Not all fats are the same, but is saturated fat bad for you? Learn about the saturated fat impact on your heart and what you can do about it.
One of the most controversial topics in the nutrition field is the effect of saturated fat on health. According to some experts, consuming even moderate amounts can negatively affect your health.
In contrast, others argue that they are not inherently harmful and can actually be part of a healthy diet. The following is an overview of what saturated fat is and what the latest findings say about its effect on health.
What is saturated fat?
Saturated fats are a category of fat compounds saturated with hydrogen molecules, making them solid at room temperature. Available in animal products (milk and meat) and tropical oils (coconut and palm oil), they’re commonly grouped with trans fat. However, some studies show that saturated fats may not be entirely to blame for an increase in heart disease risk.
Current recommendations emphasize a decrease in saturated fat intake to reduce the risk of heart disease. While it’s clear that saturated fat commonly increases some heart disease risk factors, more research is necessary to link it directly to heart disease risk.
Heart Disease Risk Factors
Various studies show that saturated fat increases heart disease risk factors such as high LDL cholesterol and low HDL cholesterol. Although the link between saturated fat and heart disease risk factors is clear, a direct connection to heart disease is missing. Still, this difference is negligible if your goal is to decrease the risk of heart disease and improve your health.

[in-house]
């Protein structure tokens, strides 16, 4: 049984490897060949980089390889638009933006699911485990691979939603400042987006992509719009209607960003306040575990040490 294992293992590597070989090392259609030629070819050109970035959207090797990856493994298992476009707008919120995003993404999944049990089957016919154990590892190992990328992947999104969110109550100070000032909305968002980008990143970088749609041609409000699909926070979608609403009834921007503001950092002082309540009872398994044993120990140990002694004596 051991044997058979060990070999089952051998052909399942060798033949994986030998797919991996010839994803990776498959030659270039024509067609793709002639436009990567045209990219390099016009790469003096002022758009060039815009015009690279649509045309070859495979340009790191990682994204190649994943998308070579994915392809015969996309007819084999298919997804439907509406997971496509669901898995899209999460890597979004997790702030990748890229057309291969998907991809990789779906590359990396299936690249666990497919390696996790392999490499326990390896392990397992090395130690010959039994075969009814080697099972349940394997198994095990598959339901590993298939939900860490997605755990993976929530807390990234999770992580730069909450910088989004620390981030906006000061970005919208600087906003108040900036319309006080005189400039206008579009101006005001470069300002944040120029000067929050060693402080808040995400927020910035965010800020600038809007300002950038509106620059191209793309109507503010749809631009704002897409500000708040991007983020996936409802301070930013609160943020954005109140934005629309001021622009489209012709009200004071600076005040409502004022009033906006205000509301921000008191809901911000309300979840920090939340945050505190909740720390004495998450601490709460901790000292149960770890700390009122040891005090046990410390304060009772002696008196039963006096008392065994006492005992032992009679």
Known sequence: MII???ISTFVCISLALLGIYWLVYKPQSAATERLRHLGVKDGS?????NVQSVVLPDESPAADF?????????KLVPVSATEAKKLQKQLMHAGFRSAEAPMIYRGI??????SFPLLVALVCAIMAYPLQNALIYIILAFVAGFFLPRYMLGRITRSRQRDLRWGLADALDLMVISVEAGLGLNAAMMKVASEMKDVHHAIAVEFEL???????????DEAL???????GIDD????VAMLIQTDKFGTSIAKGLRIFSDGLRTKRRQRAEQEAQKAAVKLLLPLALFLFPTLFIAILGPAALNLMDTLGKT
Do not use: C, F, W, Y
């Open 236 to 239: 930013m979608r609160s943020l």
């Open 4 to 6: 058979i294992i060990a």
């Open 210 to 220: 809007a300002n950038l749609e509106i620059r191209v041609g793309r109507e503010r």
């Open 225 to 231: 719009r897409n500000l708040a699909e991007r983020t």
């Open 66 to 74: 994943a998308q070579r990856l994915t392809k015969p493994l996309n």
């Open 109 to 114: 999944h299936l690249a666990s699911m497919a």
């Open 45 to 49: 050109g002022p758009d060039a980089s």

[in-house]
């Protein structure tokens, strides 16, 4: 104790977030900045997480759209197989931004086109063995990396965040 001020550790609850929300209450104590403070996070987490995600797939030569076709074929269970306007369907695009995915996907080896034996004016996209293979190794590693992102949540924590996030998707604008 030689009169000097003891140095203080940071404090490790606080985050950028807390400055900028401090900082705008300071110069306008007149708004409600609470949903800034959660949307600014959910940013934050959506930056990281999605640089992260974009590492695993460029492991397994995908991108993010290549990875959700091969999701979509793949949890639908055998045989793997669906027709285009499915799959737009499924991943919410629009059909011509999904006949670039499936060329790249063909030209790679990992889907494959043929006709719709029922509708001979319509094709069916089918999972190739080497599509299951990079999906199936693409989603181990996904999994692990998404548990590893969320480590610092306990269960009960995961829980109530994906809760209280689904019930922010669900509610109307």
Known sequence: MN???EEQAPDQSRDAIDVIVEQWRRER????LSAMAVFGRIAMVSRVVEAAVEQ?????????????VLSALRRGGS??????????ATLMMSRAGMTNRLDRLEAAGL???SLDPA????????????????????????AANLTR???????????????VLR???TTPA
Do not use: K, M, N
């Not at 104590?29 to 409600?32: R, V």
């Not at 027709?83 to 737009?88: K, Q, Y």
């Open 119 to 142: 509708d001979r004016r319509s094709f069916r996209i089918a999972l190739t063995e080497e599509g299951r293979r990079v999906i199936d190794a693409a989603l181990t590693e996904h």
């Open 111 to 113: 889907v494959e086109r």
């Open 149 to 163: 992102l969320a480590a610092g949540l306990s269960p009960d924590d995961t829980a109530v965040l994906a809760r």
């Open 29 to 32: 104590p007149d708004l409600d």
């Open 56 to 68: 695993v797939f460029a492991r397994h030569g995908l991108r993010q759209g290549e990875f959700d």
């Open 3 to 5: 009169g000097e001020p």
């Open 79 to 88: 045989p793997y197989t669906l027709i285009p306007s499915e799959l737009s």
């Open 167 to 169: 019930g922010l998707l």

In addition to heart disease, saturated fat has been associated with increased inflammation and mental decline. Some studies even show that saturated fat may have adverse effects on appetite, mental function, and metabolism.
Consuming Saturated Fat
When looking to limit your saturated fat intake, begin by reducing the amount of fast food and sugary baked goods in your diet. You should also take into account the amount of added sugars you consume and other lifestyle habits that are damaging.
However, some saturated fat foods may be part of a healthy diet including coconut oil and grass-fed whole milk yogurt. Talk with your doctor about which types of saturated fat foods are good and bad for your health.
Research shows that even though there may not be a direct connection to heart disease, saturated fat increases risk factors. Therefore, if you want to improve your heart health, it’s best to reduce the amount of saturated fat you consume.
Moreover, if you want to give your heart health an extra boost, try a daily supplement like HeartBeet Complete. Give your health the support it needs and take HeartBeet Complete while limiting your saturated fat intake.